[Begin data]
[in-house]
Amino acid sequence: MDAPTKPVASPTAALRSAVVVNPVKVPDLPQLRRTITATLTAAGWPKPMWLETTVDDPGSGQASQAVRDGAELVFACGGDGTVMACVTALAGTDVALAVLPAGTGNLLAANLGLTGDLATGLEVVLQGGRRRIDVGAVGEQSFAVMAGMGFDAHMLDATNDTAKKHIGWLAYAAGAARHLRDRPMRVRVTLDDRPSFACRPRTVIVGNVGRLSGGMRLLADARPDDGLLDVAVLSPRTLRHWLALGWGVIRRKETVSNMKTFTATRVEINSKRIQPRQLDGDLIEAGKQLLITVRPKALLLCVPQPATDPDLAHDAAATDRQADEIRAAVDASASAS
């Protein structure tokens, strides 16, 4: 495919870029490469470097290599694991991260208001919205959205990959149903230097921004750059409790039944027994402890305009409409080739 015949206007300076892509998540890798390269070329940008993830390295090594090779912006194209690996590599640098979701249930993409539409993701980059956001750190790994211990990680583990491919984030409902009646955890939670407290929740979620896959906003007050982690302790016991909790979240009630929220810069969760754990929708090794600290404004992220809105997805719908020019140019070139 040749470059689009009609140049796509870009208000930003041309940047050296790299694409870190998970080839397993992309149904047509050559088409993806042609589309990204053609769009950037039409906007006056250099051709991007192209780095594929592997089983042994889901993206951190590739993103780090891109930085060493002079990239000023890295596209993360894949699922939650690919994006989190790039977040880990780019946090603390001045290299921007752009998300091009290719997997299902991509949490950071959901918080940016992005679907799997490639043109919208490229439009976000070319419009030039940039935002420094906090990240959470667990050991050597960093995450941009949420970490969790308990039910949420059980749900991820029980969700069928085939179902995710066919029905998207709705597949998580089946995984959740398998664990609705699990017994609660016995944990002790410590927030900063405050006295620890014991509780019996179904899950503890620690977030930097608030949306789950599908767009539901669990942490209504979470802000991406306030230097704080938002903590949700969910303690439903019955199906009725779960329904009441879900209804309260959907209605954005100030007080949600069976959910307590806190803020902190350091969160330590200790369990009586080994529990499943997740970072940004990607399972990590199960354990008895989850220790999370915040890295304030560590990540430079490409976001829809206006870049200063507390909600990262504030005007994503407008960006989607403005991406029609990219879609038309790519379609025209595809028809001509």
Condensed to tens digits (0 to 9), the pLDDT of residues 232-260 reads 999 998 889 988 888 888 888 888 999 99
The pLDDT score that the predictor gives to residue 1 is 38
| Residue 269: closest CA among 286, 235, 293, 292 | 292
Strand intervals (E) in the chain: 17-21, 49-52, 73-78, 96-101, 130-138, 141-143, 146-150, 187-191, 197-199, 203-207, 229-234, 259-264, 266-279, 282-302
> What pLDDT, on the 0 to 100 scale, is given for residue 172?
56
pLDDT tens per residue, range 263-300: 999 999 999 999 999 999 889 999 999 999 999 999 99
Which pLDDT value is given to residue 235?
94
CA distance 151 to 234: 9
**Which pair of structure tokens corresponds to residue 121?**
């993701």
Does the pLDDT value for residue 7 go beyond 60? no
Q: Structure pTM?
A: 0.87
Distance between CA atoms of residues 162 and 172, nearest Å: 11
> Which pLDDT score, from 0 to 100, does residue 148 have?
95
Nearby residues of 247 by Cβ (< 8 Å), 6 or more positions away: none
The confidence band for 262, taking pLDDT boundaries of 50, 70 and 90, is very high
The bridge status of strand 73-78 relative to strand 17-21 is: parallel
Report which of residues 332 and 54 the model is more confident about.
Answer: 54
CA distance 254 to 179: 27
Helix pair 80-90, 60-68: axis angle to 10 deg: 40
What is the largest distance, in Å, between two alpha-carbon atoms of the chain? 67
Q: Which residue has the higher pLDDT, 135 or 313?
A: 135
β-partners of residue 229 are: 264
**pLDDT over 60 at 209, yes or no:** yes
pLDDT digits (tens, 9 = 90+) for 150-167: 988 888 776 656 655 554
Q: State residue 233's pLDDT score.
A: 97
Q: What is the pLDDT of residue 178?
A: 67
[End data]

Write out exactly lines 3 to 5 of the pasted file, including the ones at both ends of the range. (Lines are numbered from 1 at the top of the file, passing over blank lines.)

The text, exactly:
């Protein structure tokens, strides 16, 4: 495919870029490469470097290599694991991260208001919205959205990959149903230097921004750059409790039944027994402890305009409409080739 015949206007300076892509998540890798390269070329940008993830390295090594090779912006194209690996590599640098979701249930993409539409993701980059956001750190790994211990990680583990491919984030409902009646955890939670407290929740979620896959906003007050982690302790016991909790979240009630929220810069969760754990929708090794600290404004992220809105997805719908020019140019070139 040749470059689009009609140049796509870009208000930003041309940047050296790299694409870190998970080839397993992309149904047509050559088409993806042609589309990204053609769009950037039409906007006056250099051709991007192209780095594929592997089983042994889901993206951190590739993103780090891109930085060493002079990239000023890295596209993360894949699922939650690919994006989190790039977040880990780019946090603390001045290299921007752009998300091009290719997997299902991509949490950071959901918080940016992005679907799997490639043109919208490229439009976000070319419009030039940039935002420094906090990240959470667990050991050597960093995450941009949420970490969790308990039910949420059980749900991820029980969700069928085939179902995710066919029905998207709705597949998580089946995984959740398998664990609705699990017994609660016995944990002790410590927030900063405050006295620890014991509780019996179904899950503890620690977030930097608030949306789950599908767009539901669990942490209504979470802000991406306030230097704080938002903590949700969910303690439903019955199906009725779960329904009441879900209804309260959907209605954005100030007080949600069976959910307590806190803020902190350091969160330590200790369990009586080994529990499943997740970072940004990607399972990590199960354990008895989850220790999370915040890295304030560590990540430079490409976001829809206006870049200063507390909600990262504030005007994503407008960006989607403005991406029609990219879609038309790519379609025209595809028809001509």
Condensed to tens digits (0 to 9), the pLDDT of residues 232-260 reads 999 998 889 988 888 888 888 888 999 99
The pLDDT score that the predictor gives to residue 1 is 38